LANDHOLDERS have expressed fears energy giant Santos is hell-bent on laying a massive pipeline through some of the Liverpool Plains’ most productive farmland to transport coal seam gas to the Sydney market.
The company is on track to present an environmental impact statement for its planned $2 billion Narrabri Gas Project to the NSW government before June 30, but the document will not contain details about the pipeline.
The “preferred route” for the crucial piece of infrastructure is not expected to be revealed until Santos lodges a separate submission – titled the “Pipeline Preliminary Environment Assessment” – at a future, undisclosed date.
A spokesperson for the company told The Leader this week that “a final route has not yet been determined”, but it will run south from its Pilliga operation and link in to the existing Moomba to Sydney pipeline.
The uncertainty surrounding such an integral piece of Santos’ plans to cure the state’s pending gas crisis by providing up to 200 terajoules a day – half NSW’s natural gas needs – from the project has many landholders worried.
Members of the Mullaley Gas and Pipeline Accord (MGPA) – a community group formed back when Eastern Star Gas was proposing a 272km pipeline from Narrabri to Wellington – continue to follow any development on the pipeline closely.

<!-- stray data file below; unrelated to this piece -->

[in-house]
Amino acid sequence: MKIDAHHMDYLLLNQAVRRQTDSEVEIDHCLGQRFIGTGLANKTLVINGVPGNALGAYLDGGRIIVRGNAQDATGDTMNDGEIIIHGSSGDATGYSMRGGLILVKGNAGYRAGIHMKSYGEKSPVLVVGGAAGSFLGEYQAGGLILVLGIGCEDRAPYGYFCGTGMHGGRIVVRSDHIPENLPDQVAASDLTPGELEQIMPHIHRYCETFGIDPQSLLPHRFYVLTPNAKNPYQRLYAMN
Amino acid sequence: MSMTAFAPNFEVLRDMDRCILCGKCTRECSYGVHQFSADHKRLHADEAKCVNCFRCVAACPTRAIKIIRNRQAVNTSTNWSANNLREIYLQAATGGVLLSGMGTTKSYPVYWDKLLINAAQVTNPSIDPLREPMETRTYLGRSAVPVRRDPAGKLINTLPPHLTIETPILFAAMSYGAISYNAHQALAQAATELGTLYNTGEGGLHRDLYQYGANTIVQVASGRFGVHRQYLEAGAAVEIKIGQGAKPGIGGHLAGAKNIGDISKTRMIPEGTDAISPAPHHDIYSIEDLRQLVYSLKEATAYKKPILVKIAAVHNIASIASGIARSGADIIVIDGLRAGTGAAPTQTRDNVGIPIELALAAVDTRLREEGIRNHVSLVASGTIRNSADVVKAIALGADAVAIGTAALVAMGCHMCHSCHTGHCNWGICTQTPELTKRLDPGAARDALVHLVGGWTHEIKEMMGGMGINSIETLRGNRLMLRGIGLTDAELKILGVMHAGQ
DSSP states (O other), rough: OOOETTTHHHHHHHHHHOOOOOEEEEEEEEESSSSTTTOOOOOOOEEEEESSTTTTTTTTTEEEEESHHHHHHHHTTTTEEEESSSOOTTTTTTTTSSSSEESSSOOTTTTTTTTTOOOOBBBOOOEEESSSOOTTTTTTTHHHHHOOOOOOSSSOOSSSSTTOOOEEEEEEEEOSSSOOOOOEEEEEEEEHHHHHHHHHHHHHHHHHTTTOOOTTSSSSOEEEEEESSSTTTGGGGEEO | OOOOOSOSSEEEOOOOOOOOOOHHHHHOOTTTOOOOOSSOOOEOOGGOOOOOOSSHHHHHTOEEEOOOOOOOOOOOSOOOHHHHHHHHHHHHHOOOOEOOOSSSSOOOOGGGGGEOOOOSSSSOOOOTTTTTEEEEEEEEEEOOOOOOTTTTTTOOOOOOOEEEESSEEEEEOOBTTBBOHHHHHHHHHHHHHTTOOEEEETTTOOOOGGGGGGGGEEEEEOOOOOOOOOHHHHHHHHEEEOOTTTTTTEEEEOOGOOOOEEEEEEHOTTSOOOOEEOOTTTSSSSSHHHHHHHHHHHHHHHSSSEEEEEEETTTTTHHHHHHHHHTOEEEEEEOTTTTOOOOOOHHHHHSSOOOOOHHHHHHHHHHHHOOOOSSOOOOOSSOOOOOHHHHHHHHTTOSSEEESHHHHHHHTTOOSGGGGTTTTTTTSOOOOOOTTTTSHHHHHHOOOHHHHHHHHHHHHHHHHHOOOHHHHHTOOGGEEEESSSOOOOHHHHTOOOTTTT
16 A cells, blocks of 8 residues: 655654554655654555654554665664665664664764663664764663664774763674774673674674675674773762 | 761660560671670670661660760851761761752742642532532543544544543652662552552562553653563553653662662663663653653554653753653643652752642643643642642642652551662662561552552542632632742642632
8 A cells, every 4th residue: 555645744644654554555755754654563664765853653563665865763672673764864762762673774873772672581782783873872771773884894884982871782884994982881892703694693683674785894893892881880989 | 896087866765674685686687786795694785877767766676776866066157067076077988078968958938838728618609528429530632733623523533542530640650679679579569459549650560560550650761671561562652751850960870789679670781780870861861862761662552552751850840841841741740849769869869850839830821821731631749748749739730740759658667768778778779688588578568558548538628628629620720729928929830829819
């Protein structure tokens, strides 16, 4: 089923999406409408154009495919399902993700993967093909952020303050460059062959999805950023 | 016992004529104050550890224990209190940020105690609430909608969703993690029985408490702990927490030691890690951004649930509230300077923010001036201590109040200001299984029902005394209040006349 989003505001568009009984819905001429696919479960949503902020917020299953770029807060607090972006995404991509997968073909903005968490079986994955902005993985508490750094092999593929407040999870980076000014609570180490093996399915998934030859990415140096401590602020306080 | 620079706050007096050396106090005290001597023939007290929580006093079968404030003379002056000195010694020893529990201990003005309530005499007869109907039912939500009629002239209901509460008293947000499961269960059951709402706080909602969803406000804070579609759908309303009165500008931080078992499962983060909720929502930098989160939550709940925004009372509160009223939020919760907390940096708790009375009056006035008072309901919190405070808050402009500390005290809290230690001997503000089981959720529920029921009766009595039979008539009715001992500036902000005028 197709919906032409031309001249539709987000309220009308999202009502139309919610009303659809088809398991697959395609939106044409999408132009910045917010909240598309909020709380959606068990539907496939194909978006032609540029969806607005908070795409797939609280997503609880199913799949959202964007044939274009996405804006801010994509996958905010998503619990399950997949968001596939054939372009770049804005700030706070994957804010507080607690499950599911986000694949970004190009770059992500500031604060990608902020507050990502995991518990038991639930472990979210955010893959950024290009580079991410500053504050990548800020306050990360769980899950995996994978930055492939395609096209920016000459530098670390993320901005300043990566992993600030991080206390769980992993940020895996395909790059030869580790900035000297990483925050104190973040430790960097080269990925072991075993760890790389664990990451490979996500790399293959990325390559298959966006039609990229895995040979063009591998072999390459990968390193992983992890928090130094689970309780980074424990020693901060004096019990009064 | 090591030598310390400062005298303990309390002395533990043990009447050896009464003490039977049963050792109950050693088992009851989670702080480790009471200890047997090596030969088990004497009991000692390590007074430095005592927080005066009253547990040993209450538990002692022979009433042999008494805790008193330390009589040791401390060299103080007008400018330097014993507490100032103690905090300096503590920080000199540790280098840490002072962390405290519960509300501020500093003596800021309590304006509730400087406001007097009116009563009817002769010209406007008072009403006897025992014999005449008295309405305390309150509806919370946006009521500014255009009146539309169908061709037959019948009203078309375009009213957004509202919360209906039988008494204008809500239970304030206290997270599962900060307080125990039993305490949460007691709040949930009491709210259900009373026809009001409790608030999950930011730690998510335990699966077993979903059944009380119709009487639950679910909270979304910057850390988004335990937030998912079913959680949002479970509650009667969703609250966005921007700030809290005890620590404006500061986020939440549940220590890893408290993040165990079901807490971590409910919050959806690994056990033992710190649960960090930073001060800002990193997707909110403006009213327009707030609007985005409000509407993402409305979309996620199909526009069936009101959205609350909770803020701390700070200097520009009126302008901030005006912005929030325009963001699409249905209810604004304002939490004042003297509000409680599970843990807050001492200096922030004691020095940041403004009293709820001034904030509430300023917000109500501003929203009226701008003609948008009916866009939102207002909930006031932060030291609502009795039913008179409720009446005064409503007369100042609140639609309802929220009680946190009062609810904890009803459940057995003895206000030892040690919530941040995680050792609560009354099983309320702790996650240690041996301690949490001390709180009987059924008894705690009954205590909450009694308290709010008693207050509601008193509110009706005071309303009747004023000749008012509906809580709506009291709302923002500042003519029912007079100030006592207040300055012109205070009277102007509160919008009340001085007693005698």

David Quince, a Tambar Springs farmer and Gunnedah councillor, has no doubt the company’s preference is for the pipeline to take the most direct route through black soil country.
He said his greatest fear was that it would start near Jacks Creek Forest in the Pilliga and pass through the so-called “biogenic fairway” east of Gunnedah – an area with both huge coal seam gas potential and productive soils – and down to Georges Island on the Liverpool Plains.
Georges Island was the site of a high-profile blockade in 2011 when farmers foiled Santos’ plans to push ahead with a pilot program of coal seam gas production.
Mr Quince said that adding credence to his theory is that Santos stated at an investor seminar in 2013 that the pipeline would be 180km long.
“If you drive from Jacks Creek Forest down to Georges Island it is about 197km, but in a straight line it is close enough to 180km,” he said.
“What it would enable is Santos to open up that biogenic fairway – which has some of the deepest, most valuable and productive black soils in the country – to exploration.”
A Santos spokesperson said: “Once a preferred route has been determined, we will consult with the local
community and all relevant stakeholders who may have an interest or who may be impacted.”